The University Clinical Aptitude Test (UCAT), previously the UKCAT, is the most widely accepted medical school entrance exam across universities not only in the UK, but as of recently, abroad, too. To reflect the fact that this is now an internationally accepted entrance exam in the selection process for medicine, the exam’s name was changed from the UKCAT to UCAT as of this year. The actual exam has not changed at all, however, so if you are familiar with or may have even sat theUKCAT before, rest assured, as the format and content of the exam remain identical.
For those of you who are currently applying to or thinking of applying to medicine, chances are that you might have to sit the UCAT, depending on the universities you are interested in applying for and as such, a good knowledge of the structure and content of the exam will be of great value for the start of a successful preparation. Continue reading below for a full breakdown of the UCAT exam and what will be expected of you when you sit it.
|UCAT Section||Number of questions||Time (minutes)|
The exam is in a multiple choice format and there is no negative marking. Therefore, while attempting to answer as many questions as possible and learning to work efficiently within the timeframe provided is encouraged and provides the best chance at performing successfully at the UCAT, should you struggle with a question or start running out of time, you can and should still guess the remaining questions, putting an answer down for every single question. As there is no negative marking for incorrect answers, your best bet at scoring as highly as possible at the UCAT is to leave no questions unanswered. If you had to guess, however, make sure you made educated guesses and used smart strategies to answer questions you are unsure of. For more tips on how to perform well at the UCAT, make sure you check out our blog post How to get 900 in UCAT.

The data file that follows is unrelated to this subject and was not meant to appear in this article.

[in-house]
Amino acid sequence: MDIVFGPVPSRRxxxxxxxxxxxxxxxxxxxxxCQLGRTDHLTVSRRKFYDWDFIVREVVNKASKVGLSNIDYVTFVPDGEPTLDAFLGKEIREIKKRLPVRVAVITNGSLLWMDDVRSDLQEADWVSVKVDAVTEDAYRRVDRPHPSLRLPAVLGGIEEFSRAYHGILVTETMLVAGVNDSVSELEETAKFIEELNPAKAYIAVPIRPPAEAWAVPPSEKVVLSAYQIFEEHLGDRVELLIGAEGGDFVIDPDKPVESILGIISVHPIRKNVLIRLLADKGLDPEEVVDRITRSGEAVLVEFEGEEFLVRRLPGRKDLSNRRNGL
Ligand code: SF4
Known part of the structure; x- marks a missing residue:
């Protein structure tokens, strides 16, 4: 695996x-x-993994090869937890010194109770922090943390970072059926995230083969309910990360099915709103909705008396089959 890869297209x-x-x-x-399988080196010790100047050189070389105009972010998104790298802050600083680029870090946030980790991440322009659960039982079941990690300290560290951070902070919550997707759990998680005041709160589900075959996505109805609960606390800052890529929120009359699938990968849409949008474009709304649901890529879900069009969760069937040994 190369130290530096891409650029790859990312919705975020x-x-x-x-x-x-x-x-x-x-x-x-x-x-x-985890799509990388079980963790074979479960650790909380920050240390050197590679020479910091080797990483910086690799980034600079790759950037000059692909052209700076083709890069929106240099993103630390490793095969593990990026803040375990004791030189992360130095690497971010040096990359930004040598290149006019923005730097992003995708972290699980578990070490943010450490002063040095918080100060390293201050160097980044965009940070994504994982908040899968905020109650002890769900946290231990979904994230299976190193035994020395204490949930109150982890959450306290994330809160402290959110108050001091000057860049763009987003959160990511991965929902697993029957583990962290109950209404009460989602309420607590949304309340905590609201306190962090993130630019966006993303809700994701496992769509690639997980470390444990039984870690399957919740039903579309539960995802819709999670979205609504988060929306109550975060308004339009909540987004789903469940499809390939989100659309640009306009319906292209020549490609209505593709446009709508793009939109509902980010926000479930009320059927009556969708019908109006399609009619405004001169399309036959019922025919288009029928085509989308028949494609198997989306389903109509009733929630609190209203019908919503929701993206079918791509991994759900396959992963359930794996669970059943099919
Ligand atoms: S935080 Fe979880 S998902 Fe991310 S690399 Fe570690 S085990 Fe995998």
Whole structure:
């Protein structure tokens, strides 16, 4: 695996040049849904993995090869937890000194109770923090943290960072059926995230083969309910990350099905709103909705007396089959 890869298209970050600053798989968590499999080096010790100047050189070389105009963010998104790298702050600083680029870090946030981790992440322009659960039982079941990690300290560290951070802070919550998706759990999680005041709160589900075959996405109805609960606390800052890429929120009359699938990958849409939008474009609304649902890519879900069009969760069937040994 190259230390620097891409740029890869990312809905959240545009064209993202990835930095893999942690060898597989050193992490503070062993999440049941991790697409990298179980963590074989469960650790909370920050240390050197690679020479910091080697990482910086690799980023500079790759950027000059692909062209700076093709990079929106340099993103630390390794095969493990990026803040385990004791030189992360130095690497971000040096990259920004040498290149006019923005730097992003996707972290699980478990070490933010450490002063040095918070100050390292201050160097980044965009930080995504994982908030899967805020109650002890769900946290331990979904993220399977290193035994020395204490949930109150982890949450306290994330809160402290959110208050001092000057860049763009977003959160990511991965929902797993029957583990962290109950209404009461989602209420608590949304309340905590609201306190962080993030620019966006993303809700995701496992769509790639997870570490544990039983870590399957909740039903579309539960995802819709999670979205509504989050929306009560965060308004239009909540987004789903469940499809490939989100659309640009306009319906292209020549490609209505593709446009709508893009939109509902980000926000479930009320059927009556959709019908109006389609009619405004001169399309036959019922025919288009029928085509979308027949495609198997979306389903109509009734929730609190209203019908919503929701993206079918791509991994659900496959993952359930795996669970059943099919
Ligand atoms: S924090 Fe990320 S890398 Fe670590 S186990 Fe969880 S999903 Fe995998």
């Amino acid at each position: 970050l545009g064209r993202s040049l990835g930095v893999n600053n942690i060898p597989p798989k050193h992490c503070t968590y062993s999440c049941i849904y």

Comments will be approved before showing up.
The University Clinical Aptitude Test (UCAT) is a widely recognised exam used by medical schools, as a tool to assess candidates applying to study medicine.
We at theMSAG recognise that the application process can be extremely stressful, so we have collected all the information you are going to need to complete your registration for the UCAT, should you be planning to sit the exam in time for the 2020/21 medicine application cycle.
We have compiled a list of all important UCAS test dates in 2019 that candidates taking the UCAT should be aware of, so have a read below and make sure you mark them in your calendar!